First and foremost, if you do not understand how to use the gun properly you are putting yourself and your family in more danger than if you didn’t have one. What type of gun are you looking for? Different guns are made for different situations. I have Sig Sauer 2120, Sig Sauer Mosquito which is a .22 (pink.. my valentines present last year 🙂 a Sig Sauer 229 and a Sig Sauer 226. They take different bullets and do different damage. We are also looking into getting a blackhawk with a 7.5” barrel but that is more for when we are camping and have any issues with bears.
Shooting can be very stress relieving as well 🙂
Post # 12
@mamadingdong: Yes, that’s exactly what I meant. When your children know better to not play with a gun. That could be well into teenagerhood.
Post # 13
Lessons, lessons, lessons. We don’t have kids, but we both refuse to keep ammo & the gun in the same place. 2 different safes, 2 different locks. We’ve got pistols, rifles and a shotgun. Realistically, if you’re not LEO or miliary, you’re not going to get to a gun in time and successfully shoot them if someone breaks in. Also, there’s no gun without kick. A .22 is pretty light, but unless you hit something vital, it’s not exactly known for it’s ability to knock someone down. Shotgun w/bird shot’s still pretty nasty, and won’t go through walls. Some ranges will let you rent a gun, or you might ask friends who own guns to go with you to the range and see if you can test theirs out.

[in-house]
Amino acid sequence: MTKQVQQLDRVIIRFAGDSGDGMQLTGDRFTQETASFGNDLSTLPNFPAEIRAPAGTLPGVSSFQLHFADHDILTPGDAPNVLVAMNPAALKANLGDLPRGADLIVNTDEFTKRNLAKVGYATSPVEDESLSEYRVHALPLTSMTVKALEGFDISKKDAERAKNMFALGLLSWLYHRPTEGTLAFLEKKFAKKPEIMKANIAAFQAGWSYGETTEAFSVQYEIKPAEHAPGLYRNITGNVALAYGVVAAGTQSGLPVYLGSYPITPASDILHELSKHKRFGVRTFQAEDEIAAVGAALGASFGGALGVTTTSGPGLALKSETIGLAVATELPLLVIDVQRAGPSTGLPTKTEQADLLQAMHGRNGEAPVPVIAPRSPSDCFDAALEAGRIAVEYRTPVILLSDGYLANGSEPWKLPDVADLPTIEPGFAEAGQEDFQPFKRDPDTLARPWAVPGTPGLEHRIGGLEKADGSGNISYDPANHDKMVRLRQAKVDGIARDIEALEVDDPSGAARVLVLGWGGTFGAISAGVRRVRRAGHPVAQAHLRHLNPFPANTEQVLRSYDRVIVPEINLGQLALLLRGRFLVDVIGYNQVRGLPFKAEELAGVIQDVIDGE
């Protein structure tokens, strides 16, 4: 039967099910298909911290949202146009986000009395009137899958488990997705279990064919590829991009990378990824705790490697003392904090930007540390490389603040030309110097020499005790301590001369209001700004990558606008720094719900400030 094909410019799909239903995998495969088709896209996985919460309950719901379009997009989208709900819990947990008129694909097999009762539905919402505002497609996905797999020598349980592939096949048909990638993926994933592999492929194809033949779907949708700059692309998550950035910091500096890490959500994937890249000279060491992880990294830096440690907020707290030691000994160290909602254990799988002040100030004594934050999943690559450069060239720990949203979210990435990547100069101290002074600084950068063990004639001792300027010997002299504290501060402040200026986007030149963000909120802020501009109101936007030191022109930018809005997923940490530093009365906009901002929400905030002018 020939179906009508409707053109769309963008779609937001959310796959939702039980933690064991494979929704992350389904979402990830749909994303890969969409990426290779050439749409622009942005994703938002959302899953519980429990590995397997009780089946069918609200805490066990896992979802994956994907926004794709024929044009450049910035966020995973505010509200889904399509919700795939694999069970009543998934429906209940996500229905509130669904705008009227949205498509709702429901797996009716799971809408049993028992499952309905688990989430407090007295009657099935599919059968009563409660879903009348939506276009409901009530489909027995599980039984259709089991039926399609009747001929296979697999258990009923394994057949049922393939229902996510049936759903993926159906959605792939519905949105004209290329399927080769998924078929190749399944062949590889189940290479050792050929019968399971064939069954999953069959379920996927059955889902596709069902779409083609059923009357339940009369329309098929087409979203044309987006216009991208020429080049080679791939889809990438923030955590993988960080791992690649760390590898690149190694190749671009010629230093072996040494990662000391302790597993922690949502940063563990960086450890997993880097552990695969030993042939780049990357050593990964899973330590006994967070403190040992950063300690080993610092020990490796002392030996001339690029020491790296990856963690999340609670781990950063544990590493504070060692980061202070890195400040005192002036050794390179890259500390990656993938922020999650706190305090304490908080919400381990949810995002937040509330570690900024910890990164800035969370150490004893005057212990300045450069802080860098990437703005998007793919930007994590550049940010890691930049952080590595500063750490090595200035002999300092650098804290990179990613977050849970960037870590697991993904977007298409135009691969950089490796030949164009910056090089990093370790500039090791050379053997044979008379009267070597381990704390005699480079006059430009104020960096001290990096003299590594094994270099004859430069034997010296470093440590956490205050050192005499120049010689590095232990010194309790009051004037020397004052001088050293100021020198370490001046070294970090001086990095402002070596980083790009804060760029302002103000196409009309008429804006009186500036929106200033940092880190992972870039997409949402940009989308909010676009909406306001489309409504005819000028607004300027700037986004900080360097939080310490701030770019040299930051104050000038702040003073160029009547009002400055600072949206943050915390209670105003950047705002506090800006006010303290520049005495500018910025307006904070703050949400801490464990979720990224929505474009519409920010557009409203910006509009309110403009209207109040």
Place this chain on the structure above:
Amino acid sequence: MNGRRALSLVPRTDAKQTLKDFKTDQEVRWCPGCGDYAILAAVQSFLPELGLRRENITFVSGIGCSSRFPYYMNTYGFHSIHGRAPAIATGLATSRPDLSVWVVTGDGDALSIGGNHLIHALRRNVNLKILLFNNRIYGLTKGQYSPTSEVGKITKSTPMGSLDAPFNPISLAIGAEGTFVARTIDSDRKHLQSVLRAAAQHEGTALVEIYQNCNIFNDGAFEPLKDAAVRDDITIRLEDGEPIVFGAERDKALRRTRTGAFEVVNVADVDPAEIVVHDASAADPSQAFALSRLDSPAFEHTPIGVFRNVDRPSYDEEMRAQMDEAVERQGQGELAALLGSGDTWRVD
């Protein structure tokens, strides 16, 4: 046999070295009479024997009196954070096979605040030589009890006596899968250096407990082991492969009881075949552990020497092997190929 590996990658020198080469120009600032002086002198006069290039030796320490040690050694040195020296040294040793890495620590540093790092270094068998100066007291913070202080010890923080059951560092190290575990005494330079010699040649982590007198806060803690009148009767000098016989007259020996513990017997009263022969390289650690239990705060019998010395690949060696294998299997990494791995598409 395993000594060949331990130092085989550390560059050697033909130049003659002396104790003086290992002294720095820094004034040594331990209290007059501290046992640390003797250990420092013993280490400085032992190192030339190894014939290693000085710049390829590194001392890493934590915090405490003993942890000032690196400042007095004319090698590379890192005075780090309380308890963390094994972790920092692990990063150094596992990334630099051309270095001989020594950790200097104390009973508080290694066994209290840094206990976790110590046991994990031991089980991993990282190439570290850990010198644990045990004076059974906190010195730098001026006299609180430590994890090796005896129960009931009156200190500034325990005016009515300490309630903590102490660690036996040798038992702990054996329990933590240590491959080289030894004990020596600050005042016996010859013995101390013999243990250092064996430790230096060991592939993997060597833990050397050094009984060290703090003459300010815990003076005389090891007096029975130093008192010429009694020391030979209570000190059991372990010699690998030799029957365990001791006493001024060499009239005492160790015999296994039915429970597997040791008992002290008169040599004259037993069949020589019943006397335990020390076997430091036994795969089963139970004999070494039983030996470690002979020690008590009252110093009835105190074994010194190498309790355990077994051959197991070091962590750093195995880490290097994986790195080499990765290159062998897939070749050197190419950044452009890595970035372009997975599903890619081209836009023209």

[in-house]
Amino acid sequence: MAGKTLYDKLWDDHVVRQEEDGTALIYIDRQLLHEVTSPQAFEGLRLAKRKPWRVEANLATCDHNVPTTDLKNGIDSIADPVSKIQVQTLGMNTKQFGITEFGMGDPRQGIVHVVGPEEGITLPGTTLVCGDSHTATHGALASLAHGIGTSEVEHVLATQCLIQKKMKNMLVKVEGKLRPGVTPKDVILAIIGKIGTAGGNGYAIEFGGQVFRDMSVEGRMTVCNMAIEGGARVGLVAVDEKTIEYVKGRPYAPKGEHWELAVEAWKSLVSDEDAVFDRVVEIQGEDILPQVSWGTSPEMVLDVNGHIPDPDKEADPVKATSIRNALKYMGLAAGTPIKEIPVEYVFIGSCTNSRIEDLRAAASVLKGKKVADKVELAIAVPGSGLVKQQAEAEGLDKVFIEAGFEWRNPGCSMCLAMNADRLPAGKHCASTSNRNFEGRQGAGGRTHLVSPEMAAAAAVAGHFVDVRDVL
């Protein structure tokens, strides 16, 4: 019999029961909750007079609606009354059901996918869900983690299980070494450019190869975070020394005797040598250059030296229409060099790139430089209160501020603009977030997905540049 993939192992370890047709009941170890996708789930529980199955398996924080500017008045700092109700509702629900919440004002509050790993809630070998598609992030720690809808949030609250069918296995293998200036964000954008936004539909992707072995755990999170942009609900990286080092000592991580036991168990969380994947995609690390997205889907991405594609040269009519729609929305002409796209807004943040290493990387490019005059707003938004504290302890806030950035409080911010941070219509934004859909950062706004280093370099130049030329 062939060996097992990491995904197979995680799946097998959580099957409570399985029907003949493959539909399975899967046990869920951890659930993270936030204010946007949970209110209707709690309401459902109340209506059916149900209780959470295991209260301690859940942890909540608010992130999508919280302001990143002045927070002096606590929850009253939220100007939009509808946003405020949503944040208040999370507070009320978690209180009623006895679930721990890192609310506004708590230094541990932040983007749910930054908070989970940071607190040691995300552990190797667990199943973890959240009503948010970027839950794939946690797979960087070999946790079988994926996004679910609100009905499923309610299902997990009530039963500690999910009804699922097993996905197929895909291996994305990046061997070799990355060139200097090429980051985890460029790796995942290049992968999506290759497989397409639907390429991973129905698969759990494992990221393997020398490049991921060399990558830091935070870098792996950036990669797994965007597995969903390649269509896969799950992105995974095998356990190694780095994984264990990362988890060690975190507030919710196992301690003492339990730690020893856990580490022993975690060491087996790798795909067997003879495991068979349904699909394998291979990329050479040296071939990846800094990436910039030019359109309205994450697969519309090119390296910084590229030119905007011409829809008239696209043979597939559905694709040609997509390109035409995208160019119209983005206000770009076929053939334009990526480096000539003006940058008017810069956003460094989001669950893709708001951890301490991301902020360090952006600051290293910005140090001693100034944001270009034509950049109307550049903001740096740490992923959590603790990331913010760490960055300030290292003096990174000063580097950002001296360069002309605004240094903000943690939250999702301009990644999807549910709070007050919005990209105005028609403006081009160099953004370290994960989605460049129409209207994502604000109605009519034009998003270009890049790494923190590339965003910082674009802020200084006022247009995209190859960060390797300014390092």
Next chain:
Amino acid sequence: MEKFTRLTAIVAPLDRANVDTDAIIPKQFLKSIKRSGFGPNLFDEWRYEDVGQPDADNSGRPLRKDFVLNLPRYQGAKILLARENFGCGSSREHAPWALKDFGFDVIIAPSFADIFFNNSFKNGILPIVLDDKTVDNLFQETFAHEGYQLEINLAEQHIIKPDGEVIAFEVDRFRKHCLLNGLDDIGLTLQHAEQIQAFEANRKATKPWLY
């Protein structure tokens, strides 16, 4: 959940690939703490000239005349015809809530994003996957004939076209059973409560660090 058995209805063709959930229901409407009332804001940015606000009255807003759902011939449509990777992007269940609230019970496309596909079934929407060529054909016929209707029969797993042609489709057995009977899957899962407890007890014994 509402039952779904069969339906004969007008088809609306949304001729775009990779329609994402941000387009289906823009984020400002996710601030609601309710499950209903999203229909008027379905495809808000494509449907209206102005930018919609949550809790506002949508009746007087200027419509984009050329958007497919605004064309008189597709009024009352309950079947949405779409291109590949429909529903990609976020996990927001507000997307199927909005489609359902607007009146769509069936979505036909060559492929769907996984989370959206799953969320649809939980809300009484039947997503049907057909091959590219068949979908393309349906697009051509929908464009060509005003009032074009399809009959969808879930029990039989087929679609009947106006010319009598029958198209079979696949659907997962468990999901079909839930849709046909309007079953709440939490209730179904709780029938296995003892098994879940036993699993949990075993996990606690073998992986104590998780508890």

Regardless of how comfortable you may feel on the range, just be aware that when adrenaline, terror for yourself and your child, and surprise all kick in at the same time, most people would be lucky to hit the broad side of a barn. Most of my family on my Dad’s side are LEOs and former military, and no offense to anyone here, but they just crack up at the idea of an civvie actually defending their home with a gun other than to hit the intruder in the head with it.
Post # 14
Hm. I can’t totally relate. I grew up with guns in the house, but they were hunting rifles and shotguns. When I was little and we lived with my Dad I knew to NEVER touch them. Obviously, the more responsible and even more safe approach is to have them locked in a gun cabinet, which my mum and her husband always did once my mom remarried. Now Darling Husband and I have hunting firearms, but they are kept in storage in the basement. I don’t think of a gun as something to use for self defense (or in other words- on a person). I guess I live somewhere I feel safe and I also have a hunting dog.
As far as a firearm for safety in the wild, make sure you take a hunter’s safety course (even if you never plan to hunt). If you are thinking of having a pistol, take a safety course for that too and get certified. I personally think everyone should do this for safety reasons to learn how to properly manage the firearm they are considering- and even if they don’t ever plan to touch a firearm, I think it is important to know how to use one should the situation ever arise where you need to- as I said- for safety reasons.
Post # 15
- Wedding: November 2013 - St. Augustine Beach, FL
In all honesty, my dog is more protection to my home. Intruders will typically skip a house if it has a dog. He looks sweet in my pictures but he barks and growls viciously at people we don’t know.
Some interesting facts and figures about what houses are more likely to be burglarized: http://www.popcenter.org/problems/burglary_home/